So come now, one and all, give up Jah ises more and more"
The tune is an attractive one. It's dynamic and moving and infectious and no song on this album would really have served as a better way to get things started to my opinion. Then we get to very familiar territory when the clean version of the riddim for 'All My Life' comes through next. This is something which occurred throughout the "Judgement Time" album and really I'm happy they kept it here because it adds so much to the listening experience and DISPLAY of the album and while it only happens twice here, seriously the version of 'All My Life' is one of the best tracks on the album - with or without vocals. Chezidek does return on 'Faya Pon Dem' and, once again, does sublimely. This piece is a social commentary and a very specific one at times. This is a very fascinating song. First of all, I know I can't describe it well, but if you wonder exactly what I mean when I talk about the sonic appeal of this album and its predecessor - listen to this song. So clear and so pleasing to the ear and Chezidek utilizes the moment to make a fantastic song aimed at everyone who is leading a foul and nasty existence. Then… TEARS!
"Search and you will find -
There's no place that you can hide from -
It is somewhere there inside -
So just put away false pride
'Search and You Will Find' did something to my mind and whatever it did, I'd like for it to do it again! And then again! It is a diamond of a song and my single most favourite selection on the whole of "The Order of Melchezedik", which is saying a lot because at no point does this album dip. Not even for a note.
'Praises To Jah'
Chezidek isn't done giving praises (and will never be done) and he continues to thank His Imperial Majesty in MASSIVE ways throughout the record. One of the most spectacular comes on, I believe, what is the album’s first single, the stirring 'Praises To Jah'. When I first heard this song, I thought of how perfectly it may've fit onto the previous album, but how its presence on this one, along with that of a few others, gives it an IMMEDIATELY recognizable and signature moment. It is golden! It is a versatile piece - we hear Chezidek almost deejaying during the tune's most exhilarating portion (I'm sure he's done that before, but I can't remember it sounding THIS good, if he has) - and it also has that coolness which reigned during the MAMMOTH 'Walk With Jah' from "Judgement Time". It's a beautiful composition and one sure to power itself to being a hit. Check also the delightful 'Jah In Your Heart', which is an inspirational piece fully through and a fine one which pinnacles in its writing as Chezidek goes through several different topics all in response to giving praises to The Almighty. Also belonging to this group would be the unifying 'One Family' which is such a nice song and, again, one which really shines on the lyrical end. Because of other things, such as his voice, I do not think that the singer gets enough credit as a lyricist and if you want to see where his level really is, pick up "The Order of Melchezedik".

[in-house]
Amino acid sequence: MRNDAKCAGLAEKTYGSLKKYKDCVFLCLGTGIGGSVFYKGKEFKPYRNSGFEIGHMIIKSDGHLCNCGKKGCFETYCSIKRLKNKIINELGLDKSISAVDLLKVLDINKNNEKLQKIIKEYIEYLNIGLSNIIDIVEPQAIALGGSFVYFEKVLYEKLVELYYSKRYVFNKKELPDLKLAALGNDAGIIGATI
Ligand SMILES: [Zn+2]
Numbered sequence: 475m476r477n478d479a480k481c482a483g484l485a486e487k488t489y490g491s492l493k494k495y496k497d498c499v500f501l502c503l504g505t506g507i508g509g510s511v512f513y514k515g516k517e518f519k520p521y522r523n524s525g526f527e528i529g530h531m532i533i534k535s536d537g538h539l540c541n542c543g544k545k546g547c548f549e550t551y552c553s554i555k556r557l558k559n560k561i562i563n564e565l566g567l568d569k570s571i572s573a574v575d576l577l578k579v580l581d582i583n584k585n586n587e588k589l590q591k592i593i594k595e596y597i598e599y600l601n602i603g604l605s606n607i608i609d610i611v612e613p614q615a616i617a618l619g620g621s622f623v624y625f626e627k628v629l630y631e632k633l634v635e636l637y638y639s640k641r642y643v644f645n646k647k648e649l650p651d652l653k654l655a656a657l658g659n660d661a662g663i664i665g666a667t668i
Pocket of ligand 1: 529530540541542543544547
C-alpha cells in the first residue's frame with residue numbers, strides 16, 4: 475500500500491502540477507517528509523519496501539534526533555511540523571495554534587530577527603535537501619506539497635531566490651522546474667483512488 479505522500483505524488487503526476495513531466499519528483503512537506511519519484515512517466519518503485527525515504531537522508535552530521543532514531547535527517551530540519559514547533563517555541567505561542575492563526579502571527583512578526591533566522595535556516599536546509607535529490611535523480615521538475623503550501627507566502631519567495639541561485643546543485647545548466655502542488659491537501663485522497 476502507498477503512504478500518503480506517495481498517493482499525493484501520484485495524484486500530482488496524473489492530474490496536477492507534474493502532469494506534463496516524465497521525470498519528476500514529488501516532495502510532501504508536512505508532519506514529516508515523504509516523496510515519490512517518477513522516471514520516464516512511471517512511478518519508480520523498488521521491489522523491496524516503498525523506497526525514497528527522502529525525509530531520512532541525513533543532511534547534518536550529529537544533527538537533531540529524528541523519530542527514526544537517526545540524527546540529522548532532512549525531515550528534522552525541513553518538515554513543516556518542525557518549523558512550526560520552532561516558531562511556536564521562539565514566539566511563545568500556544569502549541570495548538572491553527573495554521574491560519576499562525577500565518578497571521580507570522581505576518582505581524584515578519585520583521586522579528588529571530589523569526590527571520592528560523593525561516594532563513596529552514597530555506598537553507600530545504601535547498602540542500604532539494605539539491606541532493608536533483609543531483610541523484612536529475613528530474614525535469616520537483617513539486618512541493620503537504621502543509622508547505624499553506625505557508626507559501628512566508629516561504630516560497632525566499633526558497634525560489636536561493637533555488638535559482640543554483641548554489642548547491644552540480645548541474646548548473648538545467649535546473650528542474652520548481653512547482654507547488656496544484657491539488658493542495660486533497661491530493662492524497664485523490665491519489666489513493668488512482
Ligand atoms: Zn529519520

"Then why do you say I'm your enemy -
When you know we are all one family?
I look at you and you look at me
And all that we see is humanity
Not because of your ethnicity -
Or your religious ideology
Don't deny the love ….
For [in favour of] babylon philosophy
Don't judge me by the shade of my skin
Don't look down on me for the place of my origin
We were born to be free!
So put away your slavery
We are all from the same family tree"
"Then why one have nothing, lives nowhere?
And you have so much yet you don't share?
You spending so much on warfare